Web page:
That's it for the starters, so now we're on to the bullpen which is going to be awful.  Glen Perkins will close of course and he's pretty awesome.  I have a tendency since he's a Minnesotan on a Minnesota team (and also I'm kind of a shithead sometimes) to assume he's being locally overrated but Perkins really is an elite closer.  Since he took over the closer role permanently in 2013 he ranks 9th in saves (on a terrible team), 13th in K/9, 58th in ERA, and 22nd in FIP, and 25th in WHIP among all pitchers with at least 120 innings pitched - that's pretty damn good!  And he has four more extremely affordable years on his contract (including this season).  I kind of love the guy, but they should probably be listening at every trade deadline.  Some team in win-now mode who is desperate for a closer might do something foolish, and he's a very valuable trade chip.  For now, I'm just going to love watching him, and he's young enough he could be the closer when the team is in contention again (they will!), but you know, think about it.

I'm not saying shop him, not at all.  I'm just saying if say, the Dodgers and their bottomless pit of money find themselves in a dogfight for the division they could come sniffing around.  What if Kenley Jansen's injury festers and he's out all year, and terrible Brandon League and unproven Chris Hatcher aren't getting the job done?  Between Perkins's skills, proven closer status, and super nice contract he'd be an attractive option.  Maybe you can pry Kyle Seager or Julio Urias away.  That would be pretty stupid on the Dodgers' end, but that doesn't mean it can't happen.  They have a super deep farm system and they clearly want to win and they want to win now.

Casey Fien will be the main setup guy after another pretty good year even if he did slip a bit.  It's a smidge disconcerting, however, that his K/9 dropped from 10.6 in 2013 to 7.3 in 2014.  His velocity was actually up so there's a decent chance this was just a weird blip, but there was also a huge jump in contact rate.  Keep an eye on this guy.

Brian Duensing was brought back for some reason and he'll be the sole non-Perkins lefty even though he's really quite terrible at pitching.  He has been decent at getting lefties out in his career, but his inability to strike anyone out drives me crazy and he should never, ever pitch to right-handed batters.  I really don't know why they tendered him other than continuity and familiarity which, as you know, the Twins value to an absurd degree.  I'd rather just roll the dice on Caleb Thielbar.  Granted in his two seasons he's shown reverse splits and if the Twins looked at that then bravo, but I guess I don't buy the front office is that sophisticated.  There aren't really any other in house options for a lefty bullpen guy which is sad in and of itself, but there's always plenty of crappy lefty arms out there you could probably snag for a minor league deal.  In the long run I suppose it doesn't matter, but giving $2.7 million to a terrible Duensing is kind of gross.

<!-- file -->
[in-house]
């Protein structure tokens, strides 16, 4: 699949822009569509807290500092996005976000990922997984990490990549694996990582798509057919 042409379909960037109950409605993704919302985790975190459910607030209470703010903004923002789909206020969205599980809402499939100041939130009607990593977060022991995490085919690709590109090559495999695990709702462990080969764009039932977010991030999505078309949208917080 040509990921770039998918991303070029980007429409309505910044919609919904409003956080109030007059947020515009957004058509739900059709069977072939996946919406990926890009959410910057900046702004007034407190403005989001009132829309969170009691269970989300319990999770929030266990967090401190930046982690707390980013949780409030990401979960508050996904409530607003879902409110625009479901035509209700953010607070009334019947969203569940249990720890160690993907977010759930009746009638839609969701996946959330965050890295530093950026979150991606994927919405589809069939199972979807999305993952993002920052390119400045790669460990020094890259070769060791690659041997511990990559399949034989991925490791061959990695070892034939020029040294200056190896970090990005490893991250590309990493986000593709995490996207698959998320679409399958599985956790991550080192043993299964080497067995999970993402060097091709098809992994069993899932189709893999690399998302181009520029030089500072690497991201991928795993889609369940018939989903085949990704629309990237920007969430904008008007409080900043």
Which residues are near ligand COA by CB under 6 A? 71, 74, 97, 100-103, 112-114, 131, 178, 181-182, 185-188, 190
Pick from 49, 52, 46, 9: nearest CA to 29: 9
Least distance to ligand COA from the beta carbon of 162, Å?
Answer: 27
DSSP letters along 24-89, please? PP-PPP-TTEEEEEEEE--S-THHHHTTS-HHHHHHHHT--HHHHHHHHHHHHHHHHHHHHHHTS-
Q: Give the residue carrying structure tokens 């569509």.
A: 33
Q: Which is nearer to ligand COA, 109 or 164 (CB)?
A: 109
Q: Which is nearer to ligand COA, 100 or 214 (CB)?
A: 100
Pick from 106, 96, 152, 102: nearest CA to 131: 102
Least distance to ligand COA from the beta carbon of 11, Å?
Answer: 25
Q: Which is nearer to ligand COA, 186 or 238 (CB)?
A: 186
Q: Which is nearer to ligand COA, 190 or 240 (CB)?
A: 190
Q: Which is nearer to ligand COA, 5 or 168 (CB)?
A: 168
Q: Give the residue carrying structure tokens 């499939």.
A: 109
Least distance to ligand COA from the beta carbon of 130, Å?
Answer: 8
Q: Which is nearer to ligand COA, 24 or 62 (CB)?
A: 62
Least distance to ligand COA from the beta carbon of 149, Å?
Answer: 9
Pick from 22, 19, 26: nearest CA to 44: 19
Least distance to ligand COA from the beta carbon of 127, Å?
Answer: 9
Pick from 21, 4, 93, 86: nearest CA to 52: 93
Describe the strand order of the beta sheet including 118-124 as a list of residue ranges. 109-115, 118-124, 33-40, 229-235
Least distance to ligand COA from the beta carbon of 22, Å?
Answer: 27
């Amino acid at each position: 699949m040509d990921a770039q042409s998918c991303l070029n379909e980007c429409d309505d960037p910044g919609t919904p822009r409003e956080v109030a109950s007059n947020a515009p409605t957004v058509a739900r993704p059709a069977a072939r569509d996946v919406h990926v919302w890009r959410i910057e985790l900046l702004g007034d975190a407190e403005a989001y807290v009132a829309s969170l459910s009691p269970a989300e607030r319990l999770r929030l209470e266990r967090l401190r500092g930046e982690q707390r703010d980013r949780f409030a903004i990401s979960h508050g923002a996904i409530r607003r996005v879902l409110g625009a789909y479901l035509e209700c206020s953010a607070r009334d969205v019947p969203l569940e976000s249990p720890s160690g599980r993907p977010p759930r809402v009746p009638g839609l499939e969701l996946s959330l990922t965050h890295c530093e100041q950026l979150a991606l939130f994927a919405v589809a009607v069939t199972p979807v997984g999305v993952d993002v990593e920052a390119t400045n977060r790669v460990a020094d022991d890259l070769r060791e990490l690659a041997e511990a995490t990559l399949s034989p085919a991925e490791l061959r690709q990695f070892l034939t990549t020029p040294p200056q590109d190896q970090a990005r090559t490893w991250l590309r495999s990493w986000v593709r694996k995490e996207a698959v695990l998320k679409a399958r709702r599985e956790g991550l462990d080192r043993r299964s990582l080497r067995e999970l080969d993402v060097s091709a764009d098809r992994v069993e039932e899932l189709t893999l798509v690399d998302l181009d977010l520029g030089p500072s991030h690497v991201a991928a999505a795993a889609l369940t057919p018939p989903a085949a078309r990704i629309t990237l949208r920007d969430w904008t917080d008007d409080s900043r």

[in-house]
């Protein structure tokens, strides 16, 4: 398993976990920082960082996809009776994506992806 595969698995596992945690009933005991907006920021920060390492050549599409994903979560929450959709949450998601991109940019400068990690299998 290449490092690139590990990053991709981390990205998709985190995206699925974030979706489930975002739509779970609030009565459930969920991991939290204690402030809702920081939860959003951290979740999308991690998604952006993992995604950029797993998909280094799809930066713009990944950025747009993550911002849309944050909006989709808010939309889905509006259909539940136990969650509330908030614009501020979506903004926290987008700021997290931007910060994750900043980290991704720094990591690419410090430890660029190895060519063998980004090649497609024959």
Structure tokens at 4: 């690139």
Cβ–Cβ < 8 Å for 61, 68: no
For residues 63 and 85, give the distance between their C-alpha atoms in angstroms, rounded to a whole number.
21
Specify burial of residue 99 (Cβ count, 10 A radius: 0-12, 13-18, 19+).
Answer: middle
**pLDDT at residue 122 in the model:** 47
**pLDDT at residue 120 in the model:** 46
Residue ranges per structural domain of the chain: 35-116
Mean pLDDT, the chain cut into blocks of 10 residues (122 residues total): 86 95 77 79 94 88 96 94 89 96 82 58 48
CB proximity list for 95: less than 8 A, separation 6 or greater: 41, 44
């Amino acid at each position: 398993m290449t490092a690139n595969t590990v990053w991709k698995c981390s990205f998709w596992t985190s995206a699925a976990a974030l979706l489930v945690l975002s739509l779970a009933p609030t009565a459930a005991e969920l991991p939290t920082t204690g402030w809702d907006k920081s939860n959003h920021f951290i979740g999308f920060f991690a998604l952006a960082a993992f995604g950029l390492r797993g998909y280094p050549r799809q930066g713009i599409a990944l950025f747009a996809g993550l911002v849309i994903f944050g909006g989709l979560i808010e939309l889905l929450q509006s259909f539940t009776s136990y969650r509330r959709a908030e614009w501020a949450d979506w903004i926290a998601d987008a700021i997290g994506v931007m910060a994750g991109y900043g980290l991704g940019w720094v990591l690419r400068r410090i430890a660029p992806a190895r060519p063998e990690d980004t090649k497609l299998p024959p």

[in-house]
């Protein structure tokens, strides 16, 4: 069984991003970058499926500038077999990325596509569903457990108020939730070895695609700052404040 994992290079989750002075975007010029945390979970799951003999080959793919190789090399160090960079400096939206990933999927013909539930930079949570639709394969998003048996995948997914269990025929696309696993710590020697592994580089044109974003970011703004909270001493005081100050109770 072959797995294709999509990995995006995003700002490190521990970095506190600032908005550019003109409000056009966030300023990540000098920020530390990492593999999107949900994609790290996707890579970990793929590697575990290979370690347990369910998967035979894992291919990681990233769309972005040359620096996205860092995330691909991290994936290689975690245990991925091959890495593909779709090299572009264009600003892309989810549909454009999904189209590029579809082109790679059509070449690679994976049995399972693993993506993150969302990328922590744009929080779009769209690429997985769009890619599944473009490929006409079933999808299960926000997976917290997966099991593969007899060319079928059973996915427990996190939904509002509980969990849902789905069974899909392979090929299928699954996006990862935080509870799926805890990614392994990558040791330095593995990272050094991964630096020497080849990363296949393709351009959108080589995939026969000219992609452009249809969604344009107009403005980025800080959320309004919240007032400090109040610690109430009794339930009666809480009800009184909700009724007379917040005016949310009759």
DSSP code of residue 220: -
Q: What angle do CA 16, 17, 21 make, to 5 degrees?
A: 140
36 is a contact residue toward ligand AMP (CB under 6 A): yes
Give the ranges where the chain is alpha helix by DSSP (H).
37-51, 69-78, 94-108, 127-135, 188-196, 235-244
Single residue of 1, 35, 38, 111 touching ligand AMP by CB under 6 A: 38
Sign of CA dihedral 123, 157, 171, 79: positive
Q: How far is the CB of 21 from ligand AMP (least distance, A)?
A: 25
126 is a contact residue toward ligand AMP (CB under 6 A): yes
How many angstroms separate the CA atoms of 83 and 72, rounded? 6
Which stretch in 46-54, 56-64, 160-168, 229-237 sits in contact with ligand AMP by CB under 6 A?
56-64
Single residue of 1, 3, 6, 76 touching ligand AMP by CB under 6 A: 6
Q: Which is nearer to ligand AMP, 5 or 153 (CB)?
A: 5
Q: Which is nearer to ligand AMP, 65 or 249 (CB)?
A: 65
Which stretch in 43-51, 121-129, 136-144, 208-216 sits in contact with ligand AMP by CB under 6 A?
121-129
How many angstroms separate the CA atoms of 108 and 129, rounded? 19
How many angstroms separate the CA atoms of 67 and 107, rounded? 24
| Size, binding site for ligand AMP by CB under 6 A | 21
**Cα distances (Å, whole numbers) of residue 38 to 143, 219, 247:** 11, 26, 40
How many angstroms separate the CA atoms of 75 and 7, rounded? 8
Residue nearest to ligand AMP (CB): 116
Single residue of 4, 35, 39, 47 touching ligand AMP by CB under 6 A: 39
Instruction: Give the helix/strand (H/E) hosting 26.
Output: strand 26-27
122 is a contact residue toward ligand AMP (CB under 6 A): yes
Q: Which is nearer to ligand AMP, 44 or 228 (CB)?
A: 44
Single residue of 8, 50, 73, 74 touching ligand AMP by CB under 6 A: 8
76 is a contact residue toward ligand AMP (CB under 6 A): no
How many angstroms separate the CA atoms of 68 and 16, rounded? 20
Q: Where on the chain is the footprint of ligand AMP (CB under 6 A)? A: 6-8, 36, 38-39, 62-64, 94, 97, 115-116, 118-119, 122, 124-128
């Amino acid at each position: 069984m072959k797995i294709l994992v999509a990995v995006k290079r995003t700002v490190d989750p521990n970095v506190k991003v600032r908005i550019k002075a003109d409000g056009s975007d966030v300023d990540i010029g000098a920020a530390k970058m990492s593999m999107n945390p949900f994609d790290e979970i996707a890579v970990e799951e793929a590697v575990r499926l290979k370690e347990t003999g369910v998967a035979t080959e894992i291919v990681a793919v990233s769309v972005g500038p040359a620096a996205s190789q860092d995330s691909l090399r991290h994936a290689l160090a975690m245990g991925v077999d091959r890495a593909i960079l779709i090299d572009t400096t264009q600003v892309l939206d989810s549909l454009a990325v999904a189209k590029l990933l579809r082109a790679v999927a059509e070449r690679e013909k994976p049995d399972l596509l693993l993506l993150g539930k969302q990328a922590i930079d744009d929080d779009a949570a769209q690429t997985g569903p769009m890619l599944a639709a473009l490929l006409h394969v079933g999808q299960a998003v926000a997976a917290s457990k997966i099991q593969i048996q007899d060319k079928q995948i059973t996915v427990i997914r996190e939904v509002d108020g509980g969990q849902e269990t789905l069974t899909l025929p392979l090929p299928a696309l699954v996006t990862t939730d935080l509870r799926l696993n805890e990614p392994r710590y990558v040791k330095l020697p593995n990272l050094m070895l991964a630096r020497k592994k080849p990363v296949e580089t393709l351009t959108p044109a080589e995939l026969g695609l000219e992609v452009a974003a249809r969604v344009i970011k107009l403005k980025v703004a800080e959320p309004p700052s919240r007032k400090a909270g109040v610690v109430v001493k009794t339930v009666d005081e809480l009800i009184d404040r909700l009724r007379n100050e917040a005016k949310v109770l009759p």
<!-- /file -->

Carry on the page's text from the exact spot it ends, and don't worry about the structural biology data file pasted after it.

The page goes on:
The rest of the bullpen is pretty much a mess.  Tim Stauffer is a failed starter who's dealt with a couple of really significant injuries and he's probably the best of the group.  Mike Pelfrey is absolutely terrible and should be released but instead the Twins are putting him in the pen which also pissed him off, so this is just a great situation all around.  J.R. Graham pretty much made the team because he was a Rule 5 pick and has to be on the big league roster or be sent back to his original team, and I literally have no idea who Blaine Boyer is.  This is not an impressive collection of arms, and to make it even worse the only guy in the entire bullpen who is under 30 is Graham.  It's a group of old, failed pitchers.  I prefer my bullpen made up of hard throwing young guys with at least one who isn't sure where the ball might be going all the time.  That's fun.  This is a garbage fire.

It's not like the team's going anywhere anyway.  You could roll with 25-year old Michael Tonkin, 25-year old Stephen Pryor, 26-year old Lester Oliveros, 22-year old Nick Burdi, and 22-year old Jake Reed and be just as well off, if not better, and it would be a lot more fun.  Or hell, throw Meyer and/or May into the pen to start like the way the Orioles have handled Kevin Gausman.  I don't know.  I'm not entirely certain this team has a coherent plan beyond "waiting for 2016 and hoping all the prospects are good" but whatever.

All in all, the starters could be decent this year, and will most likely be the best the Twins have had in a few years.  The bullpen, however, is going to blow a lot of games.


O. Guillen said...

Chris Sale also started off in the bullpen. That turned out okay.

John R said...

I completely agree with everything you stated here. And since your submission, the whole Santana thing blew up and threw a wrench in what was already a very shaky plan. Ugh!